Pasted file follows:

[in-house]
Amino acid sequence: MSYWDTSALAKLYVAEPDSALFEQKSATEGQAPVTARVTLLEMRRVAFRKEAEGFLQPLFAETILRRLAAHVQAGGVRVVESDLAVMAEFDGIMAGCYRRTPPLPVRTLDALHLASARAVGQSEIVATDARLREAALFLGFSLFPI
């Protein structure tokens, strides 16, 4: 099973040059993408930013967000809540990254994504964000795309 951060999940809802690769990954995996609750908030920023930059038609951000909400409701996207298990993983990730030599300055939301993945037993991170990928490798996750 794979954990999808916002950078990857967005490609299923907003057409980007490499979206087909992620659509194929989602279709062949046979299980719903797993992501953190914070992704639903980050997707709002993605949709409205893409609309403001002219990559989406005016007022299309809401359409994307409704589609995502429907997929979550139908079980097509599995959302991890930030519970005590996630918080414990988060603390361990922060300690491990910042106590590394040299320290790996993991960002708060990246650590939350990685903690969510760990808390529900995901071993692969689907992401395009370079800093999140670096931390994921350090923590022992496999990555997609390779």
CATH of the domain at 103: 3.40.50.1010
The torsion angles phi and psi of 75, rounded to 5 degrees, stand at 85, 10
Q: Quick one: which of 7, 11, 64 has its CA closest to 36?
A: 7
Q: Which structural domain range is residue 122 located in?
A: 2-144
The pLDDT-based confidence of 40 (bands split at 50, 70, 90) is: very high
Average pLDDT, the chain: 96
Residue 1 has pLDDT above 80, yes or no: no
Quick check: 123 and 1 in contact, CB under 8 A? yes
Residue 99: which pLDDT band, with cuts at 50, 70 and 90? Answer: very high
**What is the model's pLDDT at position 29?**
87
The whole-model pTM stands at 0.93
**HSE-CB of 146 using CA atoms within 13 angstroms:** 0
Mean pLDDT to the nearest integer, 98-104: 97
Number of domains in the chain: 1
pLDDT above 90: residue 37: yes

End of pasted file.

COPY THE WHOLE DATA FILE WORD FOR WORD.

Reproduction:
[in-house]
Amino acid sequence: MSYWDTSALAKLYVAEPDSALFEQKSATEGQAPVTARVTLLEMRRVAFRKEAEGFLQPLFAETILRRLAAHVQAGGVRVVESDLAVMAEFDGIMAGCYRRTPPLPVRTLDALHLASARAVGQSEIVATDARLREAALFLGFSLFPI
């Protein structure tokens, strides 16, 4: 099973040059993408930013967000809540990254994504964000795309 951060999940809802690769990954995996609750908030920023930059038609951000909400409701996207298990993983990730030599300055939301993945037993991170990928490798996750 794979954990999808916002950078990857967005490609299923907003057409980007490499979206087909992620659509194929989602279709062949046979299980719903797993992501953190914070992704639903980050997707709002993605949709409205893409609309403001002219990559989406005016007022299309809401359409994307409704589609995502429907997929979550139908079980097509599995959302991890930030519970005590996630918080414990988060603390361990922060300690491990910042106590590394040299320290790996993991960002708060990246650590939350990685903690969510760990808390529900995901071993692969689907992401395009370079800093999140670096931390994921350090923590022992496999990555997609390779």
CATH of the domain at 103: 3.40.50.1010
The torsion angles phi and psi of 75, rounded to 5 degrees, stand at 85, 10
Q: Quick one: which of 7, 11, 64 has its CA closest to 36?
A: 7
Q: Which structural domain range is residue 122 located in?
A: 2-144
The pLDDT-based confidence of 40 (bands split at 50, 70, 90) is: very high
Average pLDDT, the chain: 96
Residue 1 has pLDDT above 80, yes or no: no
Quick check: 123 and 1 in contact, CB under 8 A? yes
Residue 99: which pLDDT band, with cuts at 50, 70 and 90? Answer: very high
**What is the model's pLDDT at position 29?**
87
The whole-model pTM stands at 0.93
**HSE-CB of 146 using CA atoms within 13 angstroms:** 0
Mean pLDDT to the nearest integer, 98-104: 97
Number of domains in the chain: 1
pLDDT above 90: residue 37: yes